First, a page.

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Men Are Momentary, But Art Is Forever In 'Innocents And Others'


This is FRESH AIR. Dana Spiotta's last two novels, "Stone Arabia" and "Eat The Document," cemented her reputation as a novelist of ideas and attitude. Book critic Maureen Corrigan says Spiotta's new novel "Innocents And Others" will only crank up the acclaim.

MAUREEN CORRIGAN, BYLINE: Dana Spiotta's new novel "Innocents And Others" passes the famous Bechdel test with ease. That's the requirement, as defined by cartoonist Alison Bechdel, that a work of fiction or a film must feature at least two female characters who talk with each other about something other than a man. No problem here.

For a novel that opens on a teenage girl's affair with an over-the-hill Orson Welles and then goes on to chronicle its heroine's relations over the years with various boyfriends and a passing husband, "Innocents And Others" ultimately regards men with only a mild, even anthropological interest. Instead, the two women friends at the center of this story think and talk passionately for decades about ideas, films and their own work. Men are momentary but art is forever.

Meadow Mori and Carrie Wexler meet at an alternative Los Angeles high school in the 1980s, and both go on to realize their shared dream of becoming filmmakers. Meadow, who's rich, bony and intense, specializes in edgy documentaries, while Carrie, who describes her young self as flabby in every way, makes big-budget feminist-inflected comedies, the kind that Tina Fey and Amy Poehler might star in. You get the idea, except you don't. The basic premise may sound like a schmaltzy girlfriend movie, like "Beaches." But Spiotta, who's always described as a smart writer, really wants to explore ideas about art rather than contrived predicaments.

In her previous novel, "Stone Arabia," she delved into the power of music and the construction of fame. Here, the focus is film. Meadow and Carrie go deep into the work of among others Charlie Chaplin, Jean-Luc Godard and John Ford. They meditate on lighting, voiceovers and perspective. Looking back on her career in an autobiographical essay at the beginning of this novel, Meadow recalls her awed first reaction to Terrence Malick's film "Badlands" and says, what a mystery, the way things act on us. That's the mystery - or at least one of them - that Spiotta is investigating in this novel. How do works of art, even the bad '70s sitcoms that both Meadow and Carrie grew up on, act on us, shaping and sometimes warping our identities? Because Spiotta never wants her readers to forget that her own novels are as composed as the films her characters watch, she shakes up the forms of her storytelling, splicing interviews, dramatic dialogues and numbered lists into her narrative, which jumps around in time. She also strategically cuts away from the intense, often competitive friendship between Meadow and Carrie to tell the story of a very different woman altogether.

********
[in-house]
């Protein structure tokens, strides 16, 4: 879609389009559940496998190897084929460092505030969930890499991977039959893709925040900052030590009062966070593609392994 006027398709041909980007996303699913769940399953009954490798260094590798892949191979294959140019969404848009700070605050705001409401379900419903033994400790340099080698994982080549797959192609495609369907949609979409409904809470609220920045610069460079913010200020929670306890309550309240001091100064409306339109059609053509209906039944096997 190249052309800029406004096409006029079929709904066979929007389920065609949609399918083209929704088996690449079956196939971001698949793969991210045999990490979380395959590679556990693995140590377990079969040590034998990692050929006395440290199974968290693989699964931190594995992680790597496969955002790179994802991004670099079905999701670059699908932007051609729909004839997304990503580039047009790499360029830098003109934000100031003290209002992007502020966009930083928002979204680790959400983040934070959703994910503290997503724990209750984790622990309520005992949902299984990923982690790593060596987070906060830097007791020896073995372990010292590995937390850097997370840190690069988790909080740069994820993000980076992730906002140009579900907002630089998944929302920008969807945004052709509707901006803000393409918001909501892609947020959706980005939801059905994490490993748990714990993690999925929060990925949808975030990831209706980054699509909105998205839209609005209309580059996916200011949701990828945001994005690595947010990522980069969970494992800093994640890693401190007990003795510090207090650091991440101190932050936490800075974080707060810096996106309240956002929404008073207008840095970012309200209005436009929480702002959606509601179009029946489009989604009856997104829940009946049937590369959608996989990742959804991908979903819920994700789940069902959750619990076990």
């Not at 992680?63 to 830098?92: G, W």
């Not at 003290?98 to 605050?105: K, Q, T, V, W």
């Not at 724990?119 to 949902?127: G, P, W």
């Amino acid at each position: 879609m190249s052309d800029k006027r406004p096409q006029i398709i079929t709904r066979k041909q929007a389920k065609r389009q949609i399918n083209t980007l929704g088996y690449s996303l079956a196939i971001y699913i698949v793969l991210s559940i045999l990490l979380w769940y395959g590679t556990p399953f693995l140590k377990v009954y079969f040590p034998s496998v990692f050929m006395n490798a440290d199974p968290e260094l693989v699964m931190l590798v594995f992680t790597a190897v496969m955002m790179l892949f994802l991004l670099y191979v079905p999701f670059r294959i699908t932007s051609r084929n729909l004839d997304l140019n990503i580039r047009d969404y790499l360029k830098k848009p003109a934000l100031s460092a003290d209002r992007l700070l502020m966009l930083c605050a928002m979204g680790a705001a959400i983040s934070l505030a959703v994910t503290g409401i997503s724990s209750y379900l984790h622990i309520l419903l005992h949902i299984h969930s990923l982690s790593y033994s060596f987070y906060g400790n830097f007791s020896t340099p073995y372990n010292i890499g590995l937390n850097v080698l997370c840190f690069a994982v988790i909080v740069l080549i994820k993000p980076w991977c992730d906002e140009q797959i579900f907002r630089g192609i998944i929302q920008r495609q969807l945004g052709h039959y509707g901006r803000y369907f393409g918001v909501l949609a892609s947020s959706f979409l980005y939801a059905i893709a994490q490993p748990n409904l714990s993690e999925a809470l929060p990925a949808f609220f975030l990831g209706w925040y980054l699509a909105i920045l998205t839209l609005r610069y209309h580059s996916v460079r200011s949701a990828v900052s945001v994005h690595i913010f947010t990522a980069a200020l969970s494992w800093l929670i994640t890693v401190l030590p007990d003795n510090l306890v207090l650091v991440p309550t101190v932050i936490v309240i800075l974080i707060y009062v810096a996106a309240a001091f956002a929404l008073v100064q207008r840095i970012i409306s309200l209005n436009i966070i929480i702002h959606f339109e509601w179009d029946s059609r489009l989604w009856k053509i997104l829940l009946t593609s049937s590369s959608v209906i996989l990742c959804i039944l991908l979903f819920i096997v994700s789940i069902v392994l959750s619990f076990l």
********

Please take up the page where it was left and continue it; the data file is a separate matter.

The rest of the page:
Jelly, as she's called, is a woman whose great allure lies in the fact that she's mastered the art of listening. Her hobby is to cold call powerful men in Hollywood and get them to talk to her. Her calls aren't erotic, but they are seductive. Here's a description of how intently Jelly listens the first time she calls a new target - (reading) Jelly closed her eyes and leaned back. She called the body listening. By reclining and closing your eyes, you could respond without tracking your response. You listened. The opposite were the people who started to speak the second someone finished talking or playing or singing. They couldn't wait to get their words into it way and make it theirs. They spent the whole experience formulating their response because their response is the only thing they valued.

After a while, many of the men Jelly contacts come to depend on her regular phone calls, which she always terminates after they ask to meet her in person. When Meadow hears Hollywood insider gossip about the elusive Jelly, she resolves to make a film about her. The resulting documentary takes on a destructive life of its own. "Innocents And Others" is one of those uncanny novels whose characters and ideas linger long after the story is over. In the end, Spiotta's portrayal of artistic idealism and ambition is unexpectedly moving. As Meadow would say, what a mystery the way things act on us.

GROSS: Maureen Corrigan teaches literature at Georgetown University. She reviewed "Innocents And Others" by Dana Spiotta.


GROSS: Tomorrow on FRESH AIR, former NPR foreign correspondent Anne Garrels talks about the lives of Russians far from Moscow. Though they face a struggling economy and widespread corruption, most support the country's president. Her new book is called "Putin Country: A Journey Into The Real Russia." I hope you'll join us. FRESH AIR's executive producer is Danny Miller. Our interviews and reviews are produced and edited by Amy Salit, Phyllis Myers, Ann Marie Baldonado, Sam Briger, Lauren Krenzel, Heidi Saman, Therese Madden and Thea Chaloner. John Sheehan directed today's show. I'm Terry Gross. Transcript provided by NPR, Copyright NPR.

NPR transcripts are created on a rush deadline by an NPR contractor. This text may not be in its final form and may be updated or revised in the future. Accuracy and availability may vary. The authoritative record of NPR’s programming is the audio record.

Maureen Corrigan, book critic for NPR's Fresh Air, is The Nicky and Jamie Grant Distinguished Professor of the Practice in Literary Criticism at Georgetown University. She is an associate editor of and contributor to Mystery and Suspense Writers (Scribner) and the winner of the 1999 Edgar Award for Criticism, presented by the Mystery Writers of America. In 2019, Corrigan was awarded the Nona Balakian Citation for Excellence in Reviewing by the National Book Critics Circle.